After looking as if the bulls were in solid control, and the Dow breaking the 26,000 mark for the first time ever, the early rally in U.S. equities fizzled with the major indexes turning on a dime to finish mixed. Optimism surfaced early amid results from Dow member UnitedHealth and Citigroup, along with guidance from General Motors, but with the fast rise in stocks over the past two weeks, the looming possibility of a government shutdown, and uncertainty surrounding NAFTA, investors appeared to have taken time to reflect. Treasury yields reversed course to finish slightly lower, gold and crude oil prices also lost ground, and the U.S dollar was flat.
The Dow Jones Industrial Average (DJIA) declined 10 points to 25,793, the S&P 500 Index fell 10 points (0.4%) to 2,776, and the NASDAQ Composite decreased 38 points (0.5%) to 7,224. In heavy volume, 1.1 billion shares were traded on the NYSE and 2.3 billion shares changed hands on the NASDAQ. WTI crude oil fell $0.57 to $63.73 per barrel and wholesale gasoline lost $0.01 to $1.84 per gallon. Elsewhere, the Bloomberg gold spot price shed $0.99 to $1,339.00 per ounce, and the Dollar Index—a comparison of the U.S. dollar to six major world currencies—was nearly unchanged at 90.41.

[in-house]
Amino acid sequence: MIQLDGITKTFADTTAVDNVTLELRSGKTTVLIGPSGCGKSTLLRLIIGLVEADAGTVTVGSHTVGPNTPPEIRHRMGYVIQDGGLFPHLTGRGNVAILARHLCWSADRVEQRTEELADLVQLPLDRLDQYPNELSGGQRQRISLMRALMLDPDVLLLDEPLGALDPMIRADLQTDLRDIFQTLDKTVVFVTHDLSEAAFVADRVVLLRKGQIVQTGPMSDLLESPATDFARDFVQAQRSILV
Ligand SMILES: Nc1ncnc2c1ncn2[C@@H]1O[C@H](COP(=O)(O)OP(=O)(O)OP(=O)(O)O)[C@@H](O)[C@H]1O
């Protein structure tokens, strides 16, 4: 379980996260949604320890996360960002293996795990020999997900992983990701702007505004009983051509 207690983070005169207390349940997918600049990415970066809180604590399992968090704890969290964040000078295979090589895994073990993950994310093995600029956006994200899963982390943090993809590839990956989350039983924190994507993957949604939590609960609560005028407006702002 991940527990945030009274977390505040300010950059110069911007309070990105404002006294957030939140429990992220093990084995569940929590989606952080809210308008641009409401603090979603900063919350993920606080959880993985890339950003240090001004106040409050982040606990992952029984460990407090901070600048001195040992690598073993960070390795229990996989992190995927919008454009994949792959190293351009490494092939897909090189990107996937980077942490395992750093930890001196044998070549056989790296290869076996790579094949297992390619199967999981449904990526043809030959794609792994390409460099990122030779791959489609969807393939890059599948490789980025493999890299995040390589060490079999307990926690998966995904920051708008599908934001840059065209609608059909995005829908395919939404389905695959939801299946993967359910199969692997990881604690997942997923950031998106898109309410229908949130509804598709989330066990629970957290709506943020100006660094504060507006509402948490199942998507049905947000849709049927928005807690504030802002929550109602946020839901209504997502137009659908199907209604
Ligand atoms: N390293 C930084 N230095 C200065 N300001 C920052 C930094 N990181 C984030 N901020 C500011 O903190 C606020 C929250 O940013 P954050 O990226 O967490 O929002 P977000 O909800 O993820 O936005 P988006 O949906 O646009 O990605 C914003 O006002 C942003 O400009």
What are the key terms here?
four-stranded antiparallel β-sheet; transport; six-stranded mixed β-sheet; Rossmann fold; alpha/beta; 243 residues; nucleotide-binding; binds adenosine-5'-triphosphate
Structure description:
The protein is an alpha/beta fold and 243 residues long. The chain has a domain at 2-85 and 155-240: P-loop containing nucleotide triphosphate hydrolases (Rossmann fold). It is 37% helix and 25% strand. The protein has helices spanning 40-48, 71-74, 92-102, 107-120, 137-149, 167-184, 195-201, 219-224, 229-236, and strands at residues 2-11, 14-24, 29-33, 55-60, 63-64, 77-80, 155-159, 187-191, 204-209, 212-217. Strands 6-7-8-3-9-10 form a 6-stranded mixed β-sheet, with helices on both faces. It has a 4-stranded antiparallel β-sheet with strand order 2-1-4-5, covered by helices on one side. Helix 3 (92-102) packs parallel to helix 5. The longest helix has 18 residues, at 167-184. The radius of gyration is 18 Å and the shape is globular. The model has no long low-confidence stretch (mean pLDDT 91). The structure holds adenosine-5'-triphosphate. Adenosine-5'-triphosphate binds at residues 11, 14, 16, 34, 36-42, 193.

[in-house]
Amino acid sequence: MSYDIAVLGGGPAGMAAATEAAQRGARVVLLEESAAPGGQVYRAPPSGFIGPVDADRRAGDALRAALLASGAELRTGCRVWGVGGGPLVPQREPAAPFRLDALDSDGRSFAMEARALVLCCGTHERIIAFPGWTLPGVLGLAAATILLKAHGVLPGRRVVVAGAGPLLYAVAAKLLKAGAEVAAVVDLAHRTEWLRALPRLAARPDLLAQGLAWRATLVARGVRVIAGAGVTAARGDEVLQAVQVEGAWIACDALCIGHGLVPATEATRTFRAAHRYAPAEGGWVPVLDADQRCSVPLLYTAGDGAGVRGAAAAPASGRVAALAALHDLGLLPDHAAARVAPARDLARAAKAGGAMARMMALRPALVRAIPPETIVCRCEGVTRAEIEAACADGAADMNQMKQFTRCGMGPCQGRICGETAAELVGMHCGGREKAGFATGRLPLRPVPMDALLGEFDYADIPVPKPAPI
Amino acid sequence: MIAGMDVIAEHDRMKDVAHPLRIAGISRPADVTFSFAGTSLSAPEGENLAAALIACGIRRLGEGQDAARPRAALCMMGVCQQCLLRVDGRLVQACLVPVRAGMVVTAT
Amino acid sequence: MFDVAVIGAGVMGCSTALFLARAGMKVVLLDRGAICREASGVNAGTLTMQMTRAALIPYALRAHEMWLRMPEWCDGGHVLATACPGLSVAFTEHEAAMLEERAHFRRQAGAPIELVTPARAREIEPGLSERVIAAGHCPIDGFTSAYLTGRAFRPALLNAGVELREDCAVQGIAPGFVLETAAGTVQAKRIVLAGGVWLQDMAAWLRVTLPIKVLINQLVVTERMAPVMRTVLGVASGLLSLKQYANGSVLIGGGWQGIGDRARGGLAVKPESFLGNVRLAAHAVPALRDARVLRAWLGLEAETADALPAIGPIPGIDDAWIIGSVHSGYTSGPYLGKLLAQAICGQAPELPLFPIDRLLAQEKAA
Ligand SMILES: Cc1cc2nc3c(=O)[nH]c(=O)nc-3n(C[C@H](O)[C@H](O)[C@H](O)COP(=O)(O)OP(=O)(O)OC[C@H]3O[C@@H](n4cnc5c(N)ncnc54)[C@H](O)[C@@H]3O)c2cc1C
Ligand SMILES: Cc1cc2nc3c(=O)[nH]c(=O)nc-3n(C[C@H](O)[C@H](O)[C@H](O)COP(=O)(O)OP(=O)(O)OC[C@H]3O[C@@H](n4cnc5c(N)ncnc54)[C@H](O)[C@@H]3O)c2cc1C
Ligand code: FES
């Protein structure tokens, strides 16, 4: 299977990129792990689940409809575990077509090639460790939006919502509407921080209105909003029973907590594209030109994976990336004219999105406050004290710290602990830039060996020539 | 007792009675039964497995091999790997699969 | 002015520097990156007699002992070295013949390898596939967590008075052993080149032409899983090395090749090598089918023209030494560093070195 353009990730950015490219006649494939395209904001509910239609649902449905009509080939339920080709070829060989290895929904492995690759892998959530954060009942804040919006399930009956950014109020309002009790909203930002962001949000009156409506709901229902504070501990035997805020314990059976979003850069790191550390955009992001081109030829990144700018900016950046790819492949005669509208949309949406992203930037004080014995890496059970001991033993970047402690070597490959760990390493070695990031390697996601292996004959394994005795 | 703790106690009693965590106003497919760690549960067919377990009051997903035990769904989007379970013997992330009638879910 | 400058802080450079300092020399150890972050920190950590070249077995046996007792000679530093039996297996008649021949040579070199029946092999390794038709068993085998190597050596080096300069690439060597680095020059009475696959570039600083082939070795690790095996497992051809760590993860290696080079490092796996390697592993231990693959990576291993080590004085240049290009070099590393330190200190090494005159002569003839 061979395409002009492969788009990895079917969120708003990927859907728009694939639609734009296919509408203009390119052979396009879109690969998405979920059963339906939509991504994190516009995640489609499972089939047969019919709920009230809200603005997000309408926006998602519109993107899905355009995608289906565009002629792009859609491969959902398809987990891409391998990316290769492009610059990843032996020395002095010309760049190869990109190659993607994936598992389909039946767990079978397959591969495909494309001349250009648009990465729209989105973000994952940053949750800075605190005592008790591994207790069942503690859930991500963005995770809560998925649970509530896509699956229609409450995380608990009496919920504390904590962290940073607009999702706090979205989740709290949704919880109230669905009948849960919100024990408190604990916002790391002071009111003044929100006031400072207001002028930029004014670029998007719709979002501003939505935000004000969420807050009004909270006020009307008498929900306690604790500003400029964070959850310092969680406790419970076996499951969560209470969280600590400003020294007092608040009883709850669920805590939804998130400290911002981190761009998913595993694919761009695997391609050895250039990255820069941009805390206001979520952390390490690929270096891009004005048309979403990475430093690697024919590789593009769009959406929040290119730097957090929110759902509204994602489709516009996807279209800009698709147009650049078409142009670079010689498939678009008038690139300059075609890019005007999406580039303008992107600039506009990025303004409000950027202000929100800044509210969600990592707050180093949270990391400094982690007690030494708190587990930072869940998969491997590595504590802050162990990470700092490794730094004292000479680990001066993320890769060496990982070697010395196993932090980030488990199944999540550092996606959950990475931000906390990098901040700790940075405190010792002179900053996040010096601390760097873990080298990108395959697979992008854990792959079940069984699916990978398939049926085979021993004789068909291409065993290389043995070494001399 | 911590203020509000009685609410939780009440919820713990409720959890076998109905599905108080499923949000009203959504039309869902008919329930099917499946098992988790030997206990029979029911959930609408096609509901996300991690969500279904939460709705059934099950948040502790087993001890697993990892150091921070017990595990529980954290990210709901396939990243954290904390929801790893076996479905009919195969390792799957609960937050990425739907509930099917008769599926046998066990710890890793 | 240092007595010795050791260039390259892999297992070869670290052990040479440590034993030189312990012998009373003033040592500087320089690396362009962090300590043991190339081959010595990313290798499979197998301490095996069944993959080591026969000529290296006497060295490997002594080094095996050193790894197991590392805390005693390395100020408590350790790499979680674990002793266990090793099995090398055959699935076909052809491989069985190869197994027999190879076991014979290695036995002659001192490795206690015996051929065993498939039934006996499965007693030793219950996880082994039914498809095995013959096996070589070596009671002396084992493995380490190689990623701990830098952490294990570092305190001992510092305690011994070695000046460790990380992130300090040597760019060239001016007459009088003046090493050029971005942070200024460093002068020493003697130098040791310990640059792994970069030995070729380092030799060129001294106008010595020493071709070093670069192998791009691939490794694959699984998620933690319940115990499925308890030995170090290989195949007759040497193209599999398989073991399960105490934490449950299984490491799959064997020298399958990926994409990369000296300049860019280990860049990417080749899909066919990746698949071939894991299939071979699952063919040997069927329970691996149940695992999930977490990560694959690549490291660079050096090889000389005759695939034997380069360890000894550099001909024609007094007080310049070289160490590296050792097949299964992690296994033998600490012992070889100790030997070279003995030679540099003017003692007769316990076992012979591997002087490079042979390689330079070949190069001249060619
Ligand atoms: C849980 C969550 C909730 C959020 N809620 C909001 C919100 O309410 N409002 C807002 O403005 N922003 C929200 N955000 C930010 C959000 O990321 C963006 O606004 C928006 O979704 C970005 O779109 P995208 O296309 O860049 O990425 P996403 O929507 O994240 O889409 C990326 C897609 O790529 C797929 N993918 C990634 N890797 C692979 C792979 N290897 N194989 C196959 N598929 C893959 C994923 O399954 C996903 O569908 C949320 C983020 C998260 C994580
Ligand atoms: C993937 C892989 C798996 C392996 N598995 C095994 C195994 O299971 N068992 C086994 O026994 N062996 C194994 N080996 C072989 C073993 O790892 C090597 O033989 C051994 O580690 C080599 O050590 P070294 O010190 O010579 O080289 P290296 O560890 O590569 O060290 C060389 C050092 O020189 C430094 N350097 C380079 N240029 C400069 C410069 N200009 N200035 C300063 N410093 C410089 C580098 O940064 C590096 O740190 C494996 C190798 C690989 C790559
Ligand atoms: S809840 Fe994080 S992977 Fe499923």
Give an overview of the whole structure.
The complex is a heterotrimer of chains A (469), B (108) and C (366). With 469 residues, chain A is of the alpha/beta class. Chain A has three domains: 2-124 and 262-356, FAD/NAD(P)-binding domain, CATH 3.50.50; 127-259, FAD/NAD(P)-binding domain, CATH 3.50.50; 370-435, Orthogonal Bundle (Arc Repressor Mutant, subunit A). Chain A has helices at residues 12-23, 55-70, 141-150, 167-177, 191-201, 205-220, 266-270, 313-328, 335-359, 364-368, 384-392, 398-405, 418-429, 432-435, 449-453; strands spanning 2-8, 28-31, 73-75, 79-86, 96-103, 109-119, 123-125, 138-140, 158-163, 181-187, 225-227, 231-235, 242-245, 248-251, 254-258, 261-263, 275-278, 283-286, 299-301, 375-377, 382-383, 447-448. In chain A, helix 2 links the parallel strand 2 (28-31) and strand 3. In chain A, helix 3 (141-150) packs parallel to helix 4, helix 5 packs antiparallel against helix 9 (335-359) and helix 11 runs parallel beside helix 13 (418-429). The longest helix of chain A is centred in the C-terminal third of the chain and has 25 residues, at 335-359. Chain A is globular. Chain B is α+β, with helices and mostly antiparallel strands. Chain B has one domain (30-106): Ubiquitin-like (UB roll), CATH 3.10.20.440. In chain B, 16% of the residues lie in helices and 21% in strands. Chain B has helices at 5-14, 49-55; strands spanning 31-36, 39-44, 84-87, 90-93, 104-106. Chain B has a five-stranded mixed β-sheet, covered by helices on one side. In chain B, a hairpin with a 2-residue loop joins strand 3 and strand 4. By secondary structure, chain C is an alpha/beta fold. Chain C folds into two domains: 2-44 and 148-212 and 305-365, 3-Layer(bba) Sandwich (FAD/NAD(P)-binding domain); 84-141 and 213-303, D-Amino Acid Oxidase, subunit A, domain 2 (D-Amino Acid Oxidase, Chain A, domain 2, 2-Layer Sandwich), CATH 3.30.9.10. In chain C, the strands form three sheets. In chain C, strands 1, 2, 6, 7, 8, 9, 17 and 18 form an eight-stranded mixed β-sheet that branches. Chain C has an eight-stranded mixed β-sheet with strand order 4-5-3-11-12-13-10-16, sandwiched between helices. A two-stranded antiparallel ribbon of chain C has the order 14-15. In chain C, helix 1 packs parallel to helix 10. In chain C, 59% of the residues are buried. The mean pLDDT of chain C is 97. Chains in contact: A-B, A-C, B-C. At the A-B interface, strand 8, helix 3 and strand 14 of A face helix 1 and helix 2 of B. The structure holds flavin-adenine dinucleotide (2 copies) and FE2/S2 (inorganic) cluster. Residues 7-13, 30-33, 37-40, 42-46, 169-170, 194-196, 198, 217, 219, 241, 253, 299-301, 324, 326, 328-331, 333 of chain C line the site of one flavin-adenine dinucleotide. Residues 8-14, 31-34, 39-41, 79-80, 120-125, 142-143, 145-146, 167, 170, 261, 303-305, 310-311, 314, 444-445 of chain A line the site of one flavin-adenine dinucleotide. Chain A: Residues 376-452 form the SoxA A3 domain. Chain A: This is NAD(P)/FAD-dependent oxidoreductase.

The Empire Manufacturing Index showed output from the New York region slowed but remained solidly at a level depicting expansion (a reading above zero) for January. The index declined to 17.7 from December’s upwardly revised 19.6 level, with forecasts calling for a 19.0 reading.
Treasuries reversed course to finish higher, as the yield on the 2-year note was flat at 2.01%, the yield on the 10-year note ticked 1 basis point lower to 2.54%, while the 30-year bond rate was down 2 bps at 2.83%. Treasury yields trimmed a recent rally and the U.S. Dollar Index was steady following a drop as of late. These moves come as the stock markets have run to fresh record highs fueled by synchronized global economic growth and lingering U.S. tax reform optimism, while the markets eye the ramp up of earnings season and signs that global central banks may be becoming a bit more hawkish.
Schwab Center for Financial Research – Market Analysis Group
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